Detail from front cover of OWI-produced pamphlet This is the U.S.A. (IOR/R/15/1/377 f. 169A)
A guest post from Louis Allday, Gulf History and Arabic Specialist:
In June 1942, 'in recognition of the right of the American people and of all other peoples opposing the Axis aggressors to be truthfully informed about the common war effort', President Franklin D. Roosevelt issued Executive Order 9182 and established the United States Government‚Äôs Office of War Information (OWI). Its job was to produce and disseminate wartime propaganda, both within the United States of America and abroad. The activities of the OWI were diverse and encompassed the production and distribution of radio broadcasts, films and posters as well as written publications including magazines, newspapers and leaflets. Internally, the OWI was focused on promoting patriotic sentiment, encouraging the recruitment of women into the workforce, warning of the dangers of foreign spies and justifying controversial government decisions related to the war (the mass internment of Japanese-Americans for instance). Externally, the OWI mass produced ‚Äď and distributed ‚Äď printed material that was intended to raise awareness of the United States as a global power and project an image of the country as a modern, democratic and powerful state that was fighting for the cause of liberty and freedom around the world. The OWI was disbanded in September 1945 but documents contained within the India Office Records (IOR) held at the British Library show that material it produced continued to be used in United States propaganda efforts after this date.
In January 1946, a number of pamphlets produced by the OWI were sent via post to Shaikh Khalifa bin Mohammed Al Khalifa, the Chief of the Bahrain Police Force. At this time, the United States government wanted to establish a consulate in Bahrain and since 1942 had repeatedly asked for Britain‚Äôs permission to do so. The British, unwilling to allow any other foreign countries ‚Äď even close allies ‚Äď access to Bahrain, had refused the United States‚Äôs requests. The ruler of Bahrain, Shaikh Salman bin Hamad Al Khalifa was also opposed to the idea, explaining to Arnold Crawshaw Galloway, Britain‚Äôs Political Agent in Bahrain, that ‚Äúalthough the USA was a great and powerful ally, he did not desire that our [Britain‚Äôs] influence in the country should be shared with anyone‚ÄĚ. The fact that Shaikh Khalifa‚Äôs response after receiving the OWI materials was to forward them to Galloway demonstrates the depth of Britain‚Äôs control over Bahrain during this period.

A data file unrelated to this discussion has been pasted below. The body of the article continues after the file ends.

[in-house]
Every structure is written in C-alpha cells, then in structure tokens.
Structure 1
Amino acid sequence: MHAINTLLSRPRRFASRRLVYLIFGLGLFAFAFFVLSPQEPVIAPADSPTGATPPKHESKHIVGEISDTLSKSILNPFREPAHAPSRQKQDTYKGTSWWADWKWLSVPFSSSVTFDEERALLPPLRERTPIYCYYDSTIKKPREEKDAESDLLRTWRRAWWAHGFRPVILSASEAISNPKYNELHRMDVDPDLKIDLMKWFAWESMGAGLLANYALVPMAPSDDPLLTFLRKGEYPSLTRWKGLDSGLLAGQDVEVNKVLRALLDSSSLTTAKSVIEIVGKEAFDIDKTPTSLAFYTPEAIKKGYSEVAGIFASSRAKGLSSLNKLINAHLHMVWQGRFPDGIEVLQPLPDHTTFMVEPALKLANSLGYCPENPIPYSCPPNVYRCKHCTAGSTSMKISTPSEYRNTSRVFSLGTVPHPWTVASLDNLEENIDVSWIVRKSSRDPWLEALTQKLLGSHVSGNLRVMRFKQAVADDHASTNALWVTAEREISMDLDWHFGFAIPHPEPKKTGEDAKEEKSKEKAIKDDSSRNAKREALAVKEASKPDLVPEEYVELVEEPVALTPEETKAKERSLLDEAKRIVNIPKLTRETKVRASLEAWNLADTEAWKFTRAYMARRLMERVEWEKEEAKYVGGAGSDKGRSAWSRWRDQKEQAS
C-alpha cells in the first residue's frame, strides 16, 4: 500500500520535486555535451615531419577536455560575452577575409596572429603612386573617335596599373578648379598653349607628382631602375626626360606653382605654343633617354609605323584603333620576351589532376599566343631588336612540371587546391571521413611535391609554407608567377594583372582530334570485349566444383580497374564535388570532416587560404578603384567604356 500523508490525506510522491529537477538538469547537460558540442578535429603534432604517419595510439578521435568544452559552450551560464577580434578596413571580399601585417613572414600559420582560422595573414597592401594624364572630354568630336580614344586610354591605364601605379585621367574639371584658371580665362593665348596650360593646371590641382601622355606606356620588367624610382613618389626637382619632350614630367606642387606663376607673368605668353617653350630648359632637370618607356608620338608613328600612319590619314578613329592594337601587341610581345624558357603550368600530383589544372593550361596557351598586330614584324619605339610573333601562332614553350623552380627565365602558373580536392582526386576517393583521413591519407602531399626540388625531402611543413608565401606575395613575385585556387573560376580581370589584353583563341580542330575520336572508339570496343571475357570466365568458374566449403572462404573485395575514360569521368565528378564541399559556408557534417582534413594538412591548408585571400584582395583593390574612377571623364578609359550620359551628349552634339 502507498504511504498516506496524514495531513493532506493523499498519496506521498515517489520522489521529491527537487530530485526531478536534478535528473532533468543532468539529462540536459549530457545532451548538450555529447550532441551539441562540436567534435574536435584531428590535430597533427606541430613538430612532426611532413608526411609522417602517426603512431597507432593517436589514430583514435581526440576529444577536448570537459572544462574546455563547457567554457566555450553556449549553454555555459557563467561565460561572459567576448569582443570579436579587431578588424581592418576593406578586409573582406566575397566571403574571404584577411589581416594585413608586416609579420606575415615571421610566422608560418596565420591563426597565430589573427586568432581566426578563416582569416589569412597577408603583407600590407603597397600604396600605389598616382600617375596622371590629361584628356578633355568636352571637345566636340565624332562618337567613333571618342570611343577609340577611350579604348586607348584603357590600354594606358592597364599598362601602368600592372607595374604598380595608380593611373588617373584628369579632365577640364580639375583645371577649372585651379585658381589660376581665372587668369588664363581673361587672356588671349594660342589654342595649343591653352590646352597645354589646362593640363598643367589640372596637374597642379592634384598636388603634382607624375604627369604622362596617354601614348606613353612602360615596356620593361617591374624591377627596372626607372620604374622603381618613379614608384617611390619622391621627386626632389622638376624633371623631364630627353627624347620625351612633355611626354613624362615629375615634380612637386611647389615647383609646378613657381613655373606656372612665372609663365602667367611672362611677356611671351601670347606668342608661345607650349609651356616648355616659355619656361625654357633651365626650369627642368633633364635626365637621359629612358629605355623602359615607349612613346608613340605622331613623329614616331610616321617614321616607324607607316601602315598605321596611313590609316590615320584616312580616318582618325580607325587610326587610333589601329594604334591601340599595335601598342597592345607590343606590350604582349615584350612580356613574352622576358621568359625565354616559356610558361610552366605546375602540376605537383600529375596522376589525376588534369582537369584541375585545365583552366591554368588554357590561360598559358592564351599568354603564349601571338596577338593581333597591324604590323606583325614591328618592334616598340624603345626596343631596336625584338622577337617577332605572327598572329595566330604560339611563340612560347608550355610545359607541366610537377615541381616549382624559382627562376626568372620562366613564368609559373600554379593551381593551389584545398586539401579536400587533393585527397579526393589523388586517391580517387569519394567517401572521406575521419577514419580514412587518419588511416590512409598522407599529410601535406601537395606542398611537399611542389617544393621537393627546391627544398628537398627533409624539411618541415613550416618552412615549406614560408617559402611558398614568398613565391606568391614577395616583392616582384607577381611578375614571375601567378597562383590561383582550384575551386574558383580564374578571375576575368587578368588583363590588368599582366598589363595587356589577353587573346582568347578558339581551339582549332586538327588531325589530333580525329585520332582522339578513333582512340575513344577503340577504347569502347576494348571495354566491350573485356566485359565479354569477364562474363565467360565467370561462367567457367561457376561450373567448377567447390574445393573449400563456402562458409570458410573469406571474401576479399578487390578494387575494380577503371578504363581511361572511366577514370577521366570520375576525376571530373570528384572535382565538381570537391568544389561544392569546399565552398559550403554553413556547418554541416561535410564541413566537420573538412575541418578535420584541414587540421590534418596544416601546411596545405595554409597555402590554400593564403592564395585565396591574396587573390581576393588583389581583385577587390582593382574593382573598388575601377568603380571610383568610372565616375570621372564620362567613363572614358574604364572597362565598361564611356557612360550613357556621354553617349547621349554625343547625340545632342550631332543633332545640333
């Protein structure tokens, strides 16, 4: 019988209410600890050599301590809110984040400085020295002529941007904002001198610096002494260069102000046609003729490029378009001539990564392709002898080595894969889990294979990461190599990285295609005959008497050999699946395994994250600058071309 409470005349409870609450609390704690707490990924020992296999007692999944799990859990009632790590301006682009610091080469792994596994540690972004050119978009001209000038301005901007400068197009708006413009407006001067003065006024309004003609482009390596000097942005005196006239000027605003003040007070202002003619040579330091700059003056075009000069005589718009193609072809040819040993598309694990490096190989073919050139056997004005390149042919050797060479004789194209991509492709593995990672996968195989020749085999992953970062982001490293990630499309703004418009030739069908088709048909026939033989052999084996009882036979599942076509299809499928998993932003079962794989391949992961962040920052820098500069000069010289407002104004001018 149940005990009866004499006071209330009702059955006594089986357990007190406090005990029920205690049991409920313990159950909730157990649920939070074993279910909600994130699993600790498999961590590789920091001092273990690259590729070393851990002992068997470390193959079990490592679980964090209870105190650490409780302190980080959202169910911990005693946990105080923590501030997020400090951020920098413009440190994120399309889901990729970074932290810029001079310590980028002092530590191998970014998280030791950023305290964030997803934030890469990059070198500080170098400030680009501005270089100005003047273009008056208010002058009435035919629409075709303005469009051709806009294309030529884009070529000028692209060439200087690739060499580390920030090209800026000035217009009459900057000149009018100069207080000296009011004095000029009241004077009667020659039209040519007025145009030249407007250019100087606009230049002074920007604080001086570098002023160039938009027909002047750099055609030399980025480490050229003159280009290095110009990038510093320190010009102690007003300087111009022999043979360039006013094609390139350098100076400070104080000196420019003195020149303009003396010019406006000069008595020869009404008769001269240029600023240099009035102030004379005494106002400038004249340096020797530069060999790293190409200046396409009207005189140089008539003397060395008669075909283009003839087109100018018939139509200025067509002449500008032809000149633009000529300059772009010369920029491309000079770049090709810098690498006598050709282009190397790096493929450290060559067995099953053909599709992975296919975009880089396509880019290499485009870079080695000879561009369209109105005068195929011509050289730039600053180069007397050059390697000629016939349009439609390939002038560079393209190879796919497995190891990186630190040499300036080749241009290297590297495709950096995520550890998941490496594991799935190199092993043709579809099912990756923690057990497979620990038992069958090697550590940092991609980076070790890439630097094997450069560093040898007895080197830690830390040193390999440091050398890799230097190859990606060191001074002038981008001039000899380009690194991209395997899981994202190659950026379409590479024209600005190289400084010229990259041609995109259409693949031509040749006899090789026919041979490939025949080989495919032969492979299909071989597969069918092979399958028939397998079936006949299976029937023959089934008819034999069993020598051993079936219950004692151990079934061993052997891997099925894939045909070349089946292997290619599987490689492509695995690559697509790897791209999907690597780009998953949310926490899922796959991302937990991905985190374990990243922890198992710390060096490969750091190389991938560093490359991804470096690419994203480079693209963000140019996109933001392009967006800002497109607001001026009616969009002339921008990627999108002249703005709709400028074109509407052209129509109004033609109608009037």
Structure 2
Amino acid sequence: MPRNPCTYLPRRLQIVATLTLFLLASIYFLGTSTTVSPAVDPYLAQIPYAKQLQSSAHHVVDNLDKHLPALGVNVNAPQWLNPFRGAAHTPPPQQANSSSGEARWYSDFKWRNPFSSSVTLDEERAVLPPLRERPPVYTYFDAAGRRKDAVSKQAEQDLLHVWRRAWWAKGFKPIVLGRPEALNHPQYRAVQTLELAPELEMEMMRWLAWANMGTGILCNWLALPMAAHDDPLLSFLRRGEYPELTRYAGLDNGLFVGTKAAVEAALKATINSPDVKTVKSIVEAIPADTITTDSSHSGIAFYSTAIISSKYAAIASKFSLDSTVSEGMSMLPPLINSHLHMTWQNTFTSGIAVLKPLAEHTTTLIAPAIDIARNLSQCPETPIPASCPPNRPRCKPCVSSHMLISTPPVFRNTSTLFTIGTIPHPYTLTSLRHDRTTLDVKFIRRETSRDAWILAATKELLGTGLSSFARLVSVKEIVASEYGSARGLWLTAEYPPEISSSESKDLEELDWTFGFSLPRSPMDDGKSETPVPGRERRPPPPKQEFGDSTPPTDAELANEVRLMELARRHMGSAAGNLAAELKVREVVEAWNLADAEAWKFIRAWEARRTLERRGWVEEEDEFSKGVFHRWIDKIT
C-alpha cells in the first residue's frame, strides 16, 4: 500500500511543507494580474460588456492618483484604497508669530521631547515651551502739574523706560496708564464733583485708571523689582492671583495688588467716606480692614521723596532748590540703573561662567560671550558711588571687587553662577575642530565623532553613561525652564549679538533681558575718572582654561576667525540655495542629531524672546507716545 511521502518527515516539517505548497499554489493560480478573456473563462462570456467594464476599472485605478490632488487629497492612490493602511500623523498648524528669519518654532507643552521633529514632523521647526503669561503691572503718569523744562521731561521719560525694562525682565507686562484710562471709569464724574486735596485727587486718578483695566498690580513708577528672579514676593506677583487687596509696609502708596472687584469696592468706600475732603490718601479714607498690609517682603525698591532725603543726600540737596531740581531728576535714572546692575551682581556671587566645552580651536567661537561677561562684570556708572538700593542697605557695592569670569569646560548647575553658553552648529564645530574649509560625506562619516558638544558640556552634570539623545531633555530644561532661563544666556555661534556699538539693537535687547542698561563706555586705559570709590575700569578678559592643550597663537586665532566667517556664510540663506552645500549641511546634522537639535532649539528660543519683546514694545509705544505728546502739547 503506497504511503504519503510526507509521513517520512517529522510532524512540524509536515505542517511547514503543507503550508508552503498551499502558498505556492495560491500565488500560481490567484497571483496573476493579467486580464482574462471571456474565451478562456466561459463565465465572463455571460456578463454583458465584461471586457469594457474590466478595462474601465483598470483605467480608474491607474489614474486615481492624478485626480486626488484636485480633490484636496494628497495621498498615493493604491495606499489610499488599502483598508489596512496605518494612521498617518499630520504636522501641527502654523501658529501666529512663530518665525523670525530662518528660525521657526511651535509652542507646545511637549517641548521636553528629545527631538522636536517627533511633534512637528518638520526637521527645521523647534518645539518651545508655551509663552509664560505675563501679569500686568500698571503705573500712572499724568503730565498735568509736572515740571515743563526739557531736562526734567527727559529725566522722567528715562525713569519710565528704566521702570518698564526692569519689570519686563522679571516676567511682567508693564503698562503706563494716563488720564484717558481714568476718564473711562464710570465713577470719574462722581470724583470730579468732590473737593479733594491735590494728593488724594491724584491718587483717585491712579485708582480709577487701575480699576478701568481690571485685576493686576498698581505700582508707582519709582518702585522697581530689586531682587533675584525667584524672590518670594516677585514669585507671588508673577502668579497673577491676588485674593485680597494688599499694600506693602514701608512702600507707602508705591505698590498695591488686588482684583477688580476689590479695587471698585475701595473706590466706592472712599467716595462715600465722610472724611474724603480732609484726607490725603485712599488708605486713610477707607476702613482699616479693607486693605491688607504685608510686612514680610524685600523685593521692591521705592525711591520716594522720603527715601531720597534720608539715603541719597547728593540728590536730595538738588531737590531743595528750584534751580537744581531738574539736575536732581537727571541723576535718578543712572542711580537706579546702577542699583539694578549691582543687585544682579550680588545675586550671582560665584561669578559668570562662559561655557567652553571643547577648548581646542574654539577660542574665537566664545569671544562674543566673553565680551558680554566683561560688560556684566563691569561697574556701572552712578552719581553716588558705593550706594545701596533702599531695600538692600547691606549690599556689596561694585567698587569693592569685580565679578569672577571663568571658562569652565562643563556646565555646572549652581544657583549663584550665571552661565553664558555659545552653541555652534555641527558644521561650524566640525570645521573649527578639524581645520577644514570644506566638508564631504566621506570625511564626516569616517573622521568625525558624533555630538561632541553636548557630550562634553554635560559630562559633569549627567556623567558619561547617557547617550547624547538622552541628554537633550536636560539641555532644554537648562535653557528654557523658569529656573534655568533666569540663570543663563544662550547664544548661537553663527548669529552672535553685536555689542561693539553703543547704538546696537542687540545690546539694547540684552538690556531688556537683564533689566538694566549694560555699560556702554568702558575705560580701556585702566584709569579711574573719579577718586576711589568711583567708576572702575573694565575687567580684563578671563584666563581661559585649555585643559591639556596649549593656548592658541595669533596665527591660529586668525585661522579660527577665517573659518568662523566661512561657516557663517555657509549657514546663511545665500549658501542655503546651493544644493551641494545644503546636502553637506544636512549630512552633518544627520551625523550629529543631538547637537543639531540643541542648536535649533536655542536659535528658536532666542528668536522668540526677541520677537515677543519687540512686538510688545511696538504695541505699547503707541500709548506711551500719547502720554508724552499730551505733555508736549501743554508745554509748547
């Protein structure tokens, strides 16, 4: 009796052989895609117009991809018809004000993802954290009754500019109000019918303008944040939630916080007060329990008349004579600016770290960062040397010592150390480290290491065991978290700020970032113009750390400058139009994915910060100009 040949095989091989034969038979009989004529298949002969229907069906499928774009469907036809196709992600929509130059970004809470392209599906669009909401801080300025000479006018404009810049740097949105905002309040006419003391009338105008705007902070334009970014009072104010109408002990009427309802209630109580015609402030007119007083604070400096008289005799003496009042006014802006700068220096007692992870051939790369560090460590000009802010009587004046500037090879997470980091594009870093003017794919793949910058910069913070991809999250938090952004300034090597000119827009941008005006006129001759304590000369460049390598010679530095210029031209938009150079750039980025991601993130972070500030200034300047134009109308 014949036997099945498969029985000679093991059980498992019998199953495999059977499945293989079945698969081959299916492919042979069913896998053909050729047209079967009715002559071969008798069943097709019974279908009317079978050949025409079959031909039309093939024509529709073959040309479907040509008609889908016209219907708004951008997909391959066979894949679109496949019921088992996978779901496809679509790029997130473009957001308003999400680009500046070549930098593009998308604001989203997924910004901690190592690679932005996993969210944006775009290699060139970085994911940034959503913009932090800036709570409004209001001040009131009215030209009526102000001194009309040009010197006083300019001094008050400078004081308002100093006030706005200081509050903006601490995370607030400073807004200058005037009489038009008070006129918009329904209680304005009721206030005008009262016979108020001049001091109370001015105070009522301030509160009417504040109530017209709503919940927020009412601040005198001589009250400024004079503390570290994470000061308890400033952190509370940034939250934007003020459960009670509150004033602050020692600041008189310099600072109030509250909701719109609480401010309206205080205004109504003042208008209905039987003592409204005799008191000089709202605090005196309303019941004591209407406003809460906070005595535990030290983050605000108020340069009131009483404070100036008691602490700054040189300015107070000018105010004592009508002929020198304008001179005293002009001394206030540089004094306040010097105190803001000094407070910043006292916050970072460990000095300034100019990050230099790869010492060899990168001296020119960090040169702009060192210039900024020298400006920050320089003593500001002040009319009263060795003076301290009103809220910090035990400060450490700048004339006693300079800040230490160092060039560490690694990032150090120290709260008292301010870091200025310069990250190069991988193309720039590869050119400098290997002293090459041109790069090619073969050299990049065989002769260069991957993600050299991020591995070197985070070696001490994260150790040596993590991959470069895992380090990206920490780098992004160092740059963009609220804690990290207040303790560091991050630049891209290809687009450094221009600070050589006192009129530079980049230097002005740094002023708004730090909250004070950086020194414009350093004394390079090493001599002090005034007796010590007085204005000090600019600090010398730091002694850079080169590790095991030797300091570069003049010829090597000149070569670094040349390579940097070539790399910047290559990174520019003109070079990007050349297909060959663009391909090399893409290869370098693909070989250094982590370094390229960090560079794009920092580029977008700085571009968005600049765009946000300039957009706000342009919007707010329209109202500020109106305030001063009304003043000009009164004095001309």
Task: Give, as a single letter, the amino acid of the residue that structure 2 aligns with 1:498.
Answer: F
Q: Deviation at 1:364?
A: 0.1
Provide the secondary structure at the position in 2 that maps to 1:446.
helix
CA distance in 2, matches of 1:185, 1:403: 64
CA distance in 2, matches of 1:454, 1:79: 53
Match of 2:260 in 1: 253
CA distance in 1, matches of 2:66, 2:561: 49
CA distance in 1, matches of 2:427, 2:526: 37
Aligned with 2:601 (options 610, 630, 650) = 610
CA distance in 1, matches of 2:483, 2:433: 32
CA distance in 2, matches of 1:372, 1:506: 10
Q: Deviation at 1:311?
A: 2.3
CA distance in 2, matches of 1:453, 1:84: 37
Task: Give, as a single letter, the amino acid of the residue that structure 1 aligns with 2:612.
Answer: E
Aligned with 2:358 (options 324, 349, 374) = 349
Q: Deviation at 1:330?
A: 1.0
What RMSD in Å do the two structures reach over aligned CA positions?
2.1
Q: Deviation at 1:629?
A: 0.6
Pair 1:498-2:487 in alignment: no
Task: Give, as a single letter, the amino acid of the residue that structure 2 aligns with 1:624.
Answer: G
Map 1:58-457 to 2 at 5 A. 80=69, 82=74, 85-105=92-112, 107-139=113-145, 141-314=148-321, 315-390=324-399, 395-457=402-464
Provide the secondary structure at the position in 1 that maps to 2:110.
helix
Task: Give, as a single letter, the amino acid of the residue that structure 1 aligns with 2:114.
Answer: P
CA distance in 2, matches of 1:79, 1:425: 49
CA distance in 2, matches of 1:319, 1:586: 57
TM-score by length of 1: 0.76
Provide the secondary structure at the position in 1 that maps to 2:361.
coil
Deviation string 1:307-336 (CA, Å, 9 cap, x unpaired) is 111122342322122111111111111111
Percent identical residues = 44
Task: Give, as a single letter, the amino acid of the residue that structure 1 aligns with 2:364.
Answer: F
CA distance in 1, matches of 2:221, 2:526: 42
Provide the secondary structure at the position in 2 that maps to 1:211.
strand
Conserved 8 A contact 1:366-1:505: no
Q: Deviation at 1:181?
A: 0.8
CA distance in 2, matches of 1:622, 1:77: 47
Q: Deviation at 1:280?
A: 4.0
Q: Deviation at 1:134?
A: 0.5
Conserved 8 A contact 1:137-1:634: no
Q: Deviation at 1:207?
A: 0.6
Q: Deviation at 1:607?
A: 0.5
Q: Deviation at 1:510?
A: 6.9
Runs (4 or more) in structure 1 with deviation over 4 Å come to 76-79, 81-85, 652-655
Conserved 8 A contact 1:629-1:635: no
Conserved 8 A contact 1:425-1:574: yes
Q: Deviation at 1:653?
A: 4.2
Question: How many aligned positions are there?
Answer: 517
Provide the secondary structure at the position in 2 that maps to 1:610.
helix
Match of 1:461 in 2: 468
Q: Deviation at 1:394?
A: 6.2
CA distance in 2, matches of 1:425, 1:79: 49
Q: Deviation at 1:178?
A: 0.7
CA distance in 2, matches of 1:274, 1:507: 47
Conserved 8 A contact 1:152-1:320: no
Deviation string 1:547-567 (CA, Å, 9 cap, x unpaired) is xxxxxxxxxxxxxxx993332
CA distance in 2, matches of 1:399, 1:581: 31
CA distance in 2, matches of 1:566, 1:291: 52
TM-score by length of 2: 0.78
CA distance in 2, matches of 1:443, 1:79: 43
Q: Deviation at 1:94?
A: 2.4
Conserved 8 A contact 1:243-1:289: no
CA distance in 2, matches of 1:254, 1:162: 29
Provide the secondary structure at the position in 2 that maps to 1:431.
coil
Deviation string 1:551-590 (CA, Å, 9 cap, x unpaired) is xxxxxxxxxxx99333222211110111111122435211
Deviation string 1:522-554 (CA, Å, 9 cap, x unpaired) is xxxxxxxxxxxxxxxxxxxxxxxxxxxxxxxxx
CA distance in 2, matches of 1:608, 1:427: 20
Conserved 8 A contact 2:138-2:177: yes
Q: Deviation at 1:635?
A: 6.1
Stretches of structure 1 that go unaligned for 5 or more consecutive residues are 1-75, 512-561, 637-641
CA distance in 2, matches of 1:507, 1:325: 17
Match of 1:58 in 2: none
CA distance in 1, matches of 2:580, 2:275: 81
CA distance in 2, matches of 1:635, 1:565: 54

When Galloway reported the incident to Charles Geoffrey Prior, the British Political Resident in the Persian Gulf (the most senior British official in the region), he made it clear that he believed that the United States had not only targeted Shaikh Khalifa, speculating that 'in all probability similar packets have been addressed to the leading sheikhs of Bahrain and possibly also to merchants'. Galloway argued that it was likely that Parker T. Hart, the United States Consul in Dhahran, Saudi Arabia was involved in sending the packets and that the American oil company ARAMCO was probably responsible for delivering them. Prior responded to Galloway saying 'I think the only thing we can do at present is to show Hart that his efforts do not pass unnoticed, and that they are viewed without enthusiasm'. Prior had already made his attitude towards Hart clear in a letter in November 1944 in which he stated that 'we [Britain] are extremely fortunate in that Mr. Hart has no knowledge of the Arab world‚Ä¶ so long as the United States are content to employ officers with these qualifications, the danger to our interests is minimised. When, however, they are able to post officers with experience of the Middle East and a fluent knowledge of Arabic the position will become entirely different'.
Although the USA's profile on the world stage grew dramatically as World War II progressed, during this period, the United States was not the globally recognized super-power and symbol of modernity par excellence that it later became. This was especially true in the Middle East, where the major European powers were more widely known than the United States. Therefore, a key aim of the OWI pamphlets sent to Shaikh Khalifa (and others) was simply to raise awareness of the United States in the region, especially amongst those who had been identified as key decision-makers or important in the formation of public opinion. The OWI material sent to Shaikh Khalifa ‚Äď all of which is preserved in the India Office Records ‚Äď consists of three pamphlets: one in Arabic entitled Child Care in the United States and two in English; The Story of the United States Government... How It Started... And How It Works and This is the U.S.A.
Front cover of Childcare in the United States (IOR/R/15/1/377 f. 206)